News / Africa

Kenya's President Pays Homage to George Saitoti

People gather at the scene where a police helicopter crashed at a forest in the Kibiko area of Ngong township, on the outskirts Nairobi, June 10, 2012.
People gather at the scene where a police helicopter crashed at a forest in the Kibiko area of Ngong township, on the outskirts Nairobi, June 10, 2012.
NAIROBI - Kenyan authorities are pledging a full investigation into the helicopter crash Sunday that killed Security Minister George Saitoti, his deputy Orwa Ojode, and four others aboard the aircraft.  

Kenyan President Mwai Kibaki chaired a special Cabinet session that was also attended by lawmakers as Kenya officially began a three-day mourning period.

"The honorable Professor George Saitoti and honorable Orwa Ojode were highly respected members of parliament who served their nation diligently," he said. "We will greatly miss their services to our nation.  They were patriots and committed public servants."

Kibaki called on Kenyans to honor the late ministers by maintaining peace and security, and promised a full investigation into the crash.

"As we embark on thorough investigations on the cause of the crash, I appeal to all Kenyans to remain calm," he said. "I assure you all of full investigations, and the Kenyan public will be informed appropriately."

Transport Minister Amos Kimunya says the inquiry will also look into how the country can improve its aviation industry.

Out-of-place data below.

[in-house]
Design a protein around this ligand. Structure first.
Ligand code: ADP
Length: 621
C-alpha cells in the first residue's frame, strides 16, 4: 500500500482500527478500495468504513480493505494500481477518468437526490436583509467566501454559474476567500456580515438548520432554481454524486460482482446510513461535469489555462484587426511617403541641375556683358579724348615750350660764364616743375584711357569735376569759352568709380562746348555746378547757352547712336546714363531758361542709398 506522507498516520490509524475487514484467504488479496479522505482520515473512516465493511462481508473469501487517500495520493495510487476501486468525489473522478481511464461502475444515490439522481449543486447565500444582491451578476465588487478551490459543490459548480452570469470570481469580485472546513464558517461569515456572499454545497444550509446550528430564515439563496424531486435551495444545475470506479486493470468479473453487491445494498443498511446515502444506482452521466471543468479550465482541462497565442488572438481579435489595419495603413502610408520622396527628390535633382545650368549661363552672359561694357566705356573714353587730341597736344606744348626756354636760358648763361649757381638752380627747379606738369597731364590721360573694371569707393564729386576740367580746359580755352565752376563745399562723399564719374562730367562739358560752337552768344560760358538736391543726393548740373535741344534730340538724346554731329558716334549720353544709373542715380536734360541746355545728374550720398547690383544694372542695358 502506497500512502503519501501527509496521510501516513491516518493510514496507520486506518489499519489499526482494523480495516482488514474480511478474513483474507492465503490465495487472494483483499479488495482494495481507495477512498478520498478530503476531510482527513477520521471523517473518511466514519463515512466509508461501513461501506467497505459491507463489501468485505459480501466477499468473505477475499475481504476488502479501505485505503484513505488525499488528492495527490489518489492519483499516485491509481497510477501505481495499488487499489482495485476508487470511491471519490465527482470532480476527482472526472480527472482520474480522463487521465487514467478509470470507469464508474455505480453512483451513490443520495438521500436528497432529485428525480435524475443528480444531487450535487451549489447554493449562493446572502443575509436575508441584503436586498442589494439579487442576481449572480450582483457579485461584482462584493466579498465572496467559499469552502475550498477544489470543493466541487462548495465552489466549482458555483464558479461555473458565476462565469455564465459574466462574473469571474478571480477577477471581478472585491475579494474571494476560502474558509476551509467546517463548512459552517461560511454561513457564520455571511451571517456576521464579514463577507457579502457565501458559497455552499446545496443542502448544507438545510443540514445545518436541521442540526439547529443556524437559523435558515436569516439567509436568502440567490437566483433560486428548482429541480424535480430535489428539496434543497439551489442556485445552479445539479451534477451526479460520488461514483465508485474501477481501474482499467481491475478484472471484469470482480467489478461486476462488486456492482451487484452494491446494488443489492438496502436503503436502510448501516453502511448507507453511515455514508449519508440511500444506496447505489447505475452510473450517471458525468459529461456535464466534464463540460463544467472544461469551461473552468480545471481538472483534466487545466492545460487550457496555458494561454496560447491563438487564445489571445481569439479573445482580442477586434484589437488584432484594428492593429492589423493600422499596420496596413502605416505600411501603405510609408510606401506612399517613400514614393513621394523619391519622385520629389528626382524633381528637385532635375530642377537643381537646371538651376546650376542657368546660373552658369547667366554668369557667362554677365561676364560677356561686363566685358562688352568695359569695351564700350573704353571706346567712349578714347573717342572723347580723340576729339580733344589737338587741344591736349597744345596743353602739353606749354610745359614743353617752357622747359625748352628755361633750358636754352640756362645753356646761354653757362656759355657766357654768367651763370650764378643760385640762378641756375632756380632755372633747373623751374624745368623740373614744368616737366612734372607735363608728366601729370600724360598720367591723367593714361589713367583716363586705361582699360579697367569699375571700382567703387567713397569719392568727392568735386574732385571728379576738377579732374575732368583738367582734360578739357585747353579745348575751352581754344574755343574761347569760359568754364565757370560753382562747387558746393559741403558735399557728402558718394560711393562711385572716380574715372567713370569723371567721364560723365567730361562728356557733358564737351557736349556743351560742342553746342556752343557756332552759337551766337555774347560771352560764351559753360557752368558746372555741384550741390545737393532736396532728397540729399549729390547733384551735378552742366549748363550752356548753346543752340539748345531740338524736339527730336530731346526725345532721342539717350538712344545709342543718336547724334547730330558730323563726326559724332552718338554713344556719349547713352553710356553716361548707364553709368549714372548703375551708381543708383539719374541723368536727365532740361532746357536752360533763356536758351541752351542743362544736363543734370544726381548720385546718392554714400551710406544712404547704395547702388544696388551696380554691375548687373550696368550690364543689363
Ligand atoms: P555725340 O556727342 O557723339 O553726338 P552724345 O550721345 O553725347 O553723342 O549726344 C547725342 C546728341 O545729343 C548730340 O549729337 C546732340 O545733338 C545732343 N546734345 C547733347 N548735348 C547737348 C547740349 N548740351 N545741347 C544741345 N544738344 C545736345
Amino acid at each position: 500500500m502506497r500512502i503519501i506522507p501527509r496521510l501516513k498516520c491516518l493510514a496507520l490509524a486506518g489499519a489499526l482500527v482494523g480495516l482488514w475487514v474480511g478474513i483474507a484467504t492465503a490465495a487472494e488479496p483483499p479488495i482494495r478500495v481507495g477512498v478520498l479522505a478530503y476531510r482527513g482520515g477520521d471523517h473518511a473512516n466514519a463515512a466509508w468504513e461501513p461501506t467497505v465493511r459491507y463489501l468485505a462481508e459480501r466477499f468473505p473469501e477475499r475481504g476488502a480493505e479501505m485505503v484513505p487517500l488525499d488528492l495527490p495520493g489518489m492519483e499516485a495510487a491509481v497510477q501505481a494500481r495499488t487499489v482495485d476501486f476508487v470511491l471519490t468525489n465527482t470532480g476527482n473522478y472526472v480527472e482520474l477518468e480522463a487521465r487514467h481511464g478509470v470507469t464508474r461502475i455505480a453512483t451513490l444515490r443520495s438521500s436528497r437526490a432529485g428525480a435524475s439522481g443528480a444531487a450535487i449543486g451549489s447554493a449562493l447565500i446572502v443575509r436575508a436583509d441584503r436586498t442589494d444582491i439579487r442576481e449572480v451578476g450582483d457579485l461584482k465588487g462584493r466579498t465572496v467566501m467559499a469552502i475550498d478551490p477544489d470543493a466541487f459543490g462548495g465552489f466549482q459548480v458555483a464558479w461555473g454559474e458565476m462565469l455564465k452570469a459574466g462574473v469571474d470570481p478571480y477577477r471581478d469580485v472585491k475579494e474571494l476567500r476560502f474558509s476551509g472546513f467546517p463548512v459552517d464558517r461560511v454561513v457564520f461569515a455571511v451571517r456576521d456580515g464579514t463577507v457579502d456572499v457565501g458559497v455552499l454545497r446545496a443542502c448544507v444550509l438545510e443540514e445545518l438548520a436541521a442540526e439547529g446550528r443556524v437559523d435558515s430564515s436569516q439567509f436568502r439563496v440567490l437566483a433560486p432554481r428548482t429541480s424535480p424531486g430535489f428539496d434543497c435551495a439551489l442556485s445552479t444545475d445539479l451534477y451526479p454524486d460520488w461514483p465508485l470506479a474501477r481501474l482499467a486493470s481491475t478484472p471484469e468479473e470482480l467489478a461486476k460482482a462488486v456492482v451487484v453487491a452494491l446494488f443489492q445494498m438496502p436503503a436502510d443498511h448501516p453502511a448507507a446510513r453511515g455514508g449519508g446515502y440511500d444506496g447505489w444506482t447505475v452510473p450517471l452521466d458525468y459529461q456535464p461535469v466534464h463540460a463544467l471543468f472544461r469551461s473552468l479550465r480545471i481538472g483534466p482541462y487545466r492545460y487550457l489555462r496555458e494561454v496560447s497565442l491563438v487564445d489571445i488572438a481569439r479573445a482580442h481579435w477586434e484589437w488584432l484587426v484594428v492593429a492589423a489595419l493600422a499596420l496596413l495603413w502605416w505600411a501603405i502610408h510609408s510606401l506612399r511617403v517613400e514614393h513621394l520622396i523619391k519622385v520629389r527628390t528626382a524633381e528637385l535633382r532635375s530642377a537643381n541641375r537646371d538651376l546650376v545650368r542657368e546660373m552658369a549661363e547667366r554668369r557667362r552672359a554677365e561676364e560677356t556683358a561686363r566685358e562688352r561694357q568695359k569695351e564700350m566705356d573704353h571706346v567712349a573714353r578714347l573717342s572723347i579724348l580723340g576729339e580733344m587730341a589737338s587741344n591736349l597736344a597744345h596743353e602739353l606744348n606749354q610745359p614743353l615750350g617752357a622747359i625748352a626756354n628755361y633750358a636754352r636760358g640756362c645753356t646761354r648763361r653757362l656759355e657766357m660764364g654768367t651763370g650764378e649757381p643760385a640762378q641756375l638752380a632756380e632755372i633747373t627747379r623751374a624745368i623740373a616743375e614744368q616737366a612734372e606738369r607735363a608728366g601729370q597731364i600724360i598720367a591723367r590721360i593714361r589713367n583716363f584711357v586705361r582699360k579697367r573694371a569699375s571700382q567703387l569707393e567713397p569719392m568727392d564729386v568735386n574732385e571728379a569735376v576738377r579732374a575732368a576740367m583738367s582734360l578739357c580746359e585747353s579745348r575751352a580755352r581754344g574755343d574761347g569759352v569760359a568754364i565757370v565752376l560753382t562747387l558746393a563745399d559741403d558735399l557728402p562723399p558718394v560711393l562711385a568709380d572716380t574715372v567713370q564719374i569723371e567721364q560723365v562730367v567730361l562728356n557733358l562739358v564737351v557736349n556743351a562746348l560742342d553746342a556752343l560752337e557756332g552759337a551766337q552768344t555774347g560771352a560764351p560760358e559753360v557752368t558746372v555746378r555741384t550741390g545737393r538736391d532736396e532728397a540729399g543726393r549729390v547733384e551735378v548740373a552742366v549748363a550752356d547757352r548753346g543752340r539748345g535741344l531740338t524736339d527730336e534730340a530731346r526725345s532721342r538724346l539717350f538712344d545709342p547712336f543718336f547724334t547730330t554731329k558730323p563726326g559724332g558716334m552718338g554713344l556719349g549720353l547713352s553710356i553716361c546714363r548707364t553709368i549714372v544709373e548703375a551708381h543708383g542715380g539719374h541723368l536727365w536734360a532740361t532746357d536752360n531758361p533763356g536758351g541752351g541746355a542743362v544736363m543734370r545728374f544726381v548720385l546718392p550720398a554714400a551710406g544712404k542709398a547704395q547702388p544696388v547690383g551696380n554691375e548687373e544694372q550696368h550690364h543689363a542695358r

"All the people who have [a] stake in this, the families, the public and every stakeholder, the manufacturers and all that, will be then be given a platform where we can then get the truth or get as much information, not necessarily to reverse what happened, not even to know what happened, but more importantly to even help the aviation industry into the future in terms of what needs to be done to avert similar incidents into the future," he said.

The police helicopter carrying the ministers, two pilots and two bodyguards crashed minutes after taking off from Nairobi’s Wilson Airport early Sunday.

Both Saitoti and Ojode were leading voices of Kenya’s military operation in Somalia to fight the militant group al-Shabab.  Kenyan authorities accuse the group of being responsible for a wave of cross-border kidnappings last year, as well as dozens of grenade attacks in Kenya.

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